- Doctors touted anecdotal successes in implementing Senate Bill 1222 at a Senate Health Policy meeting on Tuesday
- The bill allows for inpatient treatment including acute and post-acute hospital care to be administered in home settings
- The doctors claim that the at-home program has resulted in lower mortality rates, lower readmittance rates, and higher hospital capacity capabilities
- Looking to the future, the doctors brought up seeing movement into at-home cancer treatment and at-home recovery from cardiac and nephrology operations
A pair of doctors spoke in front of the Senate Health Policy meeting on Tuesday, anecdotally praising Senate Bill 1222, passed last year, granting hospitals the right to treat patients at home.
The duo, Dr. Michael Maniaci of Mayo Clinic and Dr. Peter Chang of Tampa General Hospital spoke on their experiences and successes implementing at-home hospital care to patients across the state, offering insight into how the program can be built upon.
The bill, introduced by former state Senator Aaron Bean and signed into law last April, allows for inpatient treatment including acute and post-acute hospital care to be administered in home settings.
The legislation sought to expand access to healthcare for Floridians. The state holds one of the nation’s oldest populations, consequentially facing a pervasive issue regarding transportation to doctor’s offices or hospitals among senior citizens.
Further, the program’s implementation aims to reduce the intimidation factor of hospitalization.
“If you go back to the reason why we started this program, it’s really for the patients. Hospital at home is another cog in the healthcare system that de-silos the care,” said Chang. “A patient normally has to think about the mindset of being held captive in the hospital away from loved ones. It’s really a revolutionary concept that focuses around patient care.”
Maniaci reports Mayo Clinic has treated more than 1,800 hospital patients at home since the hospital launched its home service care model in 2020. Since SB 1222’s passage last year, Mayo Clinic reports that it is able to dedicate and administer greater levels of healthcare capabilities, with a subsequent higher number of patients treated since the bill went into effect.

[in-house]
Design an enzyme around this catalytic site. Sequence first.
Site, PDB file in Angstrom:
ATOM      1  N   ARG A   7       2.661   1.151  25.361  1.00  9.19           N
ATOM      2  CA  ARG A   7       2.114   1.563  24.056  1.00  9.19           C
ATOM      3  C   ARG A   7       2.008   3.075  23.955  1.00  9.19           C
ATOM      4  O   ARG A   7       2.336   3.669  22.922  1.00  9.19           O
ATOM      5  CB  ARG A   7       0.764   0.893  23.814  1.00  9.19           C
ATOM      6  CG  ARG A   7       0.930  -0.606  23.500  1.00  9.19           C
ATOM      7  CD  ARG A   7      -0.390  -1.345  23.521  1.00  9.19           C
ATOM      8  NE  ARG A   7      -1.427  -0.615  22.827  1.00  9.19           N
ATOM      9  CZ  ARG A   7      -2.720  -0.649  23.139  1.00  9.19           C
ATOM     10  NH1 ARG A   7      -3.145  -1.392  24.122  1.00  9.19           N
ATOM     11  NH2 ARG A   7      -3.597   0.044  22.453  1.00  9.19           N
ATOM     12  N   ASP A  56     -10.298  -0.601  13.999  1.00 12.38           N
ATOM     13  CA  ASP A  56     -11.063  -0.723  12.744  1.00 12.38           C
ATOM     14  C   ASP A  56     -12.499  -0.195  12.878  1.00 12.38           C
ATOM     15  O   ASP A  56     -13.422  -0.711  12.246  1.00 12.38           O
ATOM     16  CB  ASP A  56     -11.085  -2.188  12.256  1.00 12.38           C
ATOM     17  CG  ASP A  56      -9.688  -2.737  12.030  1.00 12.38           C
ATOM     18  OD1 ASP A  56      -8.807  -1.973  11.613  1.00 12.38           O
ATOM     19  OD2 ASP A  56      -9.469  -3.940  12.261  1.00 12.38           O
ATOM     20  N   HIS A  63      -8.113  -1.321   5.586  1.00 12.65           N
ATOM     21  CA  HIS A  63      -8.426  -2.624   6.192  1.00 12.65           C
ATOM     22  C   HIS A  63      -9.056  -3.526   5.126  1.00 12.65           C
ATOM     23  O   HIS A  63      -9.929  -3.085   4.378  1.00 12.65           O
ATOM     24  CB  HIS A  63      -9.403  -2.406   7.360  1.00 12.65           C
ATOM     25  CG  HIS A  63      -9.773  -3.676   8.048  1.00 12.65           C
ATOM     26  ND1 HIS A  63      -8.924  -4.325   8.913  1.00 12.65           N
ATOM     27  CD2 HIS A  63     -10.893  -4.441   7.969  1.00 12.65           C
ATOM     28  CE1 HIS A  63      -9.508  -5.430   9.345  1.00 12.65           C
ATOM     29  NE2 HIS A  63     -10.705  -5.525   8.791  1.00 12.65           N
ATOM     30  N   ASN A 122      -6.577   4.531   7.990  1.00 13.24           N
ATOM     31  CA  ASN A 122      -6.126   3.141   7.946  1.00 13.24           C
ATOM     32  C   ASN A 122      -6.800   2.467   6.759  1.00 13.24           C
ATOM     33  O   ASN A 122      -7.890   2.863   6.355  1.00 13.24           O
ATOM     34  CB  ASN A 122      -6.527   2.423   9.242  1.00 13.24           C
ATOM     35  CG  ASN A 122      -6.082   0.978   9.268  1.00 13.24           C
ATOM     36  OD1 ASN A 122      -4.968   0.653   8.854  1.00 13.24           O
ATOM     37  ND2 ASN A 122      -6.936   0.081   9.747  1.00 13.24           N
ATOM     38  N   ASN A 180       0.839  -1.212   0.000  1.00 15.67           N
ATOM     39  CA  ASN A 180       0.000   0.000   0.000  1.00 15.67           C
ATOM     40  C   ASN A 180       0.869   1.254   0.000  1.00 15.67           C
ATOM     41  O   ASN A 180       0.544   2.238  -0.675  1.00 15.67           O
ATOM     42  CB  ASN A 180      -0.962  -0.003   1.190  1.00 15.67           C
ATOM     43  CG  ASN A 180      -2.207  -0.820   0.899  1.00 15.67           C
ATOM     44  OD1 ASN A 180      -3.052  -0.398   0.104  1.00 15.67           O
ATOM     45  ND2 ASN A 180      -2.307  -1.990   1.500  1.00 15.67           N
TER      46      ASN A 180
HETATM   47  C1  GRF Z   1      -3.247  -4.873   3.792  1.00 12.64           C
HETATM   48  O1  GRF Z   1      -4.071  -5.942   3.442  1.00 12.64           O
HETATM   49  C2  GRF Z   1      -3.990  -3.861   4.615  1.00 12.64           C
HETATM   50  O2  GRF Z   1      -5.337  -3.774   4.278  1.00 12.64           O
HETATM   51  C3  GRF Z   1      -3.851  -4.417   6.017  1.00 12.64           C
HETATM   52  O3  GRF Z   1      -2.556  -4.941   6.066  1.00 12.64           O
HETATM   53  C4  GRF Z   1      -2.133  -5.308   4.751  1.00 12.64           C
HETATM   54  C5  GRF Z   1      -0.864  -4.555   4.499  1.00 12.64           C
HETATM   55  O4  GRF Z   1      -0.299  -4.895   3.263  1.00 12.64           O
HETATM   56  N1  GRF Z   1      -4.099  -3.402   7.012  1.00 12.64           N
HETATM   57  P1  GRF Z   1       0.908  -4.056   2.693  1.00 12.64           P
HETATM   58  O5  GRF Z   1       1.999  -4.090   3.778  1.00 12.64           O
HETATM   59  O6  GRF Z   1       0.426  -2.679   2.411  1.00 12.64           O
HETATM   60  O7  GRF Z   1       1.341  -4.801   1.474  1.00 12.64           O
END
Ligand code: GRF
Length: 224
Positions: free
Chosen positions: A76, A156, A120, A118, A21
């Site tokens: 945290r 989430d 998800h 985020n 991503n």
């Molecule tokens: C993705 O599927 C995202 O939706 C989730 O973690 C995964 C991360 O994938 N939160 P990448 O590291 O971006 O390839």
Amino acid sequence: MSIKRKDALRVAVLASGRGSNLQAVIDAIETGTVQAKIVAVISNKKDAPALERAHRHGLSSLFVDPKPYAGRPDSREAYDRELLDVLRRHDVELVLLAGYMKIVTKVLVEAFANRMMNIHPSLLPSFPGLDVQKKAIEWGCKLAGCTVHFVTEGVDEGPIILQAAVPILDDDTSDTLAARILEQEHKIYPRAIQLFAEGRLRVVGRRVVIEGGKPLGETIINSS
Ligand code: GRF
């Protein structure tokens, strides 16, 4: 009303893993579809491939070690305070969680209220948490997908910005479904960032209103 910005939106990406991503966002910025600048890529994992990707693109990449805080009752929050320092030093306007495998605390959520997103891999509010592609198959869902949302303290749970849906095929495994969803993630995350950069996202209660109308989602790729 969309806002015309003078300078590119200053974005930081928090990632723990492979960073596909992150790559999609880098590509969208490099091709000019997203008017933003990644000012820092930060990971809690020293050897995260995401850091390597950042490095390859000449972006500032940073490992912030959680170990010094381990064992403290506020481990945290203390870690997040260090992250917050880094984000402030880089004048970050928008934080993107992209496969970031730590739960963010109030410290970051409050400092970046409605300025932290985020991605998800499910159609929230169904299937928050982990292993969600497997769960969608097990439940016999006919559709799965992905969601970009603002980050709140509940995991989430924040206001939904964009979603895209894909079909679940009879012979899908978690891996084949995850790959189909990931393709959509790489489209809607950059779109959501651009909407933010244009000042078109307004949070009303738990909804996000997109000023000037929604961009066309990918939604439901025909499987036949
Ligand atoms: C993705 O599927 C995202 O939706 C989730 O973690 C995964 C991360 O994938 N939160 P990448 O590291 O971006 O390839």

“It has given our patients freedom and control of their healthcare, as opposed to being isolated away from their family … they’re able to go home and have the hospital come to them,” said Maniaci. “they’re able to engage with the healthcare and get hospital-level care in the home setting.”
Maniaci also stated that at-home care has shown statistical improvements in mortality rate, readmittances to the emergency room, and faster recovery times.
At-home treatment measures have also alleviated overhead costs, according to Maniaci. He states that home services have driven down operating costs, as well as opening hospital capacity numbers, ensuring that beds are available for those in critical need.
Maniaci also claims that home care access has helped alleviate the ongoing medical workforce shortage.
“We have a shortage of doctors and a huge shortage of nurses,” said Maniaci. “If we keep doing the same thing over and over again, we’re going to lose that battle. We have to do healthcare differently. The aspect of connecting to people, having our core resources of doctors and nurses connect virtually, others in the workforce with licenses like paramedics, traveling nurses, and physical therapists deliver that care in the home setting. That’s magical. That has really helped.”
Maniaci looks to continued growth of the program in the coming years, potentially seeing movement into at-home cancer care, primary care, and emergency department treatment.
At Tampa General Hospital, Chang states that there are ongoing discussions to transport post-kidney transplant patients to a home setting a day or two earlier than when a typical hospital release would occur, easing the transition into full recovery.
Chang also brought up talks to provide a similar home recovery system for aggressive cardiac procedures such as a valve replacement.